Where's Greifeld? Nasdaq Chief Pulls Disappearing Act

Nasdaq OMX (NASDAQ:NDAQ) chief Bob Greifeld has a pulled a disappearing act, canceling a speech scheduled for tomorrow, one scheduled for next week and fueling speculation that either hes leaving the Nasdaq or putting the finishing touches on a new deal, FOX Business has learned.

Greifelds disappearing act comes weeks after Nasdaq failed in its attempt to mount a hostile takeover of NYSE Euronext's (NYSE:NYX) New York Stock Exchange, a move which, if successful, would have broken up the NYSEs planned merger with the Deutsche Borse, and after questions were raised about his handling of the effort.

In mid-May, the takeover was blocked after the Justice Department raised antitrust concerns about a possible Nasdaq/NYSE hookup, but even before the DOJs ruling, Greifeld was telling investors that he believed the deal was likely to pass muster with antitrust regulators. Those statements angered DOJ officials and prompted the Securities and Exchange Commission to force Nasdaq to issue a statement clarifying the matter.

Since that time, Greifeld has kept a low profile -- which got even lower this week as he cancelled appearances at two significant industry events: A planned speech scheduled for tomorrow at an investor conference sponsored by Sandler ONeill & Partners, and another speech appearance next week sponsored by the Tabb Group. According to the Tabb conferences agenda, Greifeld was scheduled to be its keynote speaker, and introduced by television talk show host Charlie Rose.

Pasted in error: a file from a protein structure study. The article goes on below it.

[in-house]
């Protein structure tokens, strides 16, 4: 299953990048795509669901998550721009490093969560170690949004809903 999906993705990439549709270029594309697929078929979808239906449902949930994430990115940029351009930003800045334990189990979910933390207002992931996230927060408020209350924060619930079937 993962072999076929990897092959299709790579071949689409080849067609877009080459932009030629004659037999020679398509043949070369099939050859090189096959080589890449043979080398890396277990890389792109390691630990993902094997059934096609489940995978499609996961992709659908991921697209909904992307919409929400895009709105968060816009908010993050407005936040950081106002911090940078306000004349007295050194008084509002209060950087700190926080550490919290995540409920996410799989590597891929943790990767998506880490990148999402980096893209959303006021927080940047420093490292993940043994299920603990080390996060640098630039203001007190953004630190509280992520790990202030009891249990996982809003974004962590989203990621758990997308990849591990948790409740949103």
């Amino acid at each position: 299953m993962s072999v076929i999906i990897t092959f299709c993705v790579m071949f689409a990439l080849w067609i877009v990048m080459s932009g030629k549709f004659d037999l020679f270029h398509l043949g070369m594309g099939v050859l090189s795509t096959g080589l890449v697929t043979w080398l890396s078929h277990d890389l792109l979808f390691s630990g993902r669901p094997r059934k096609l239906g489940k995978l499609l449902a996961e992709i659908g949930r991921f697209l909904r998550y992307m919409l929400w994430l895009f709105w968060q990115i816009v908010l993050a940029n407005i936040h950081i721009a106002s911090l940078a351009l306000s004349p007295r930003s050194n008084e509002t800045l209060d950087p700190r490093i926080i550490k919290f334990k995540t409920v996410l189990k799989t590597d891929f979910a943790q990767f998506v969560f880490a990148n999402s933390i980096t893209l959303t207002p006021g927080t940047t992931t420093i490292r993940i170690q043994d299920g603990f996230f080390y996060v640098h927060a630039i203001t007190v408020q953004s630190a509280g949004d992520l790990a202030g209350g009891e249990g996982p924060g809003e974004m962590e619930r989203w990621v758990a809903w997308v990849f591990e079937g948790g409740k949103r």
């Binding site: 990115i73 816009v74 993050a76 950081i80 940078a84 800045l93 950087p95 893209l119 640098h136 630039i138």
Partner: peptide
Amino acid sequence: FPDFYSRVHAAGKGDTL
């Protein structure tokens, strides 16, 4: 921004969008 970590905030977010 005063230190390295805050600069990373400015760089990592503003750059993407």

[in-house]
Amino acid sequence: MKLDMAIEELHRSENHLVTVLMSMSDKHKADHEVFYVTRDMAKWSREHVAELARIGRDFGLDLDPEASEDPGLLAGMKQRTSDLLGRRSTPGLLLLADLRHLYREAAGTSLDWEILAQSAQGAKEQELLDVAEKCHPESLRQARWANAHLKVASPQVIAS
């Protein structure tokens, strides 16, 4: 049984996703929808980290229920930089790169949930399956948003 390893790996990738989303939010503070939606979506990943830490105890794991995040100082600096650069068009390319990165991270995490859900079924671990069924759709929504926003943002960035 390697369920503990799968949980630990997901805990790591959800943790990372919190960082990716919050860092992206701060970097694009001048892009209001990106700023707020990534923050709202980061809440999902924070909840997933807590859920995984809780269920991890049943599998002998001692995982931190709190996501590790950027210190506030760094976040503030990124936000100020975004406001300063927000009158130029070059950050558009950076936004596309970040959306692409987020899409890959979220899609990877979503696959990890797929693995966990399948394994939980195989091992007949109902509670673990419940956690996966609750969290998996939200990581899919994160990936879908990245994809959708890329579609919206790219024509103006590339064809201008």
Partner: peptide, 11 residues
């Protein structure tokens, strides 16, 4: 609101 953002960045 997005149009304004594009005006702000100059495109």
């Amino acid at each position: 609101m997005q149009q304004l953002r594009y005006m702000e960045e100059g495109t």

Sources say Greifeld is out of the country and cant be reached for the next 48 hours. A Nasdaq spokesman attributed the cancellations to scheduling conflicts, and declined further comment.

Greifelds no-shows are fueling speculation on Wall Street about Nasdaqs future -- and his own. Often, top executives cancel speaking events when they are in the middle of merger discussions and must refrain from making potentially market-moving comments. Likewise, senior corporate executives will cancel speaking events if their job is in jeopardy.

As first reported by FOX Business, Greifeld has expressed interest in buying the London Clearing House, but the Nasdaqs weakened competitive position following the failed NYSE bid might force it to merge with a bigger player, analysts and bankers say.

Greifelds contract with Nasdaq is scheduled to expire in December, according to people inside the exchange. Directly after the failed NYSE attempt, people inside Nasdaq said the exchanges board still supported Greifeld as CEO, though that sentiment may have changed as directors come to grips with the Nasdaqs difficult competitive position now that the NYSE/Deutsche Borse deal looks as if it will be successful.

Shares of Nasdaq have fallen significantly lower since its failed bid, dropping to about $24 from close to $28.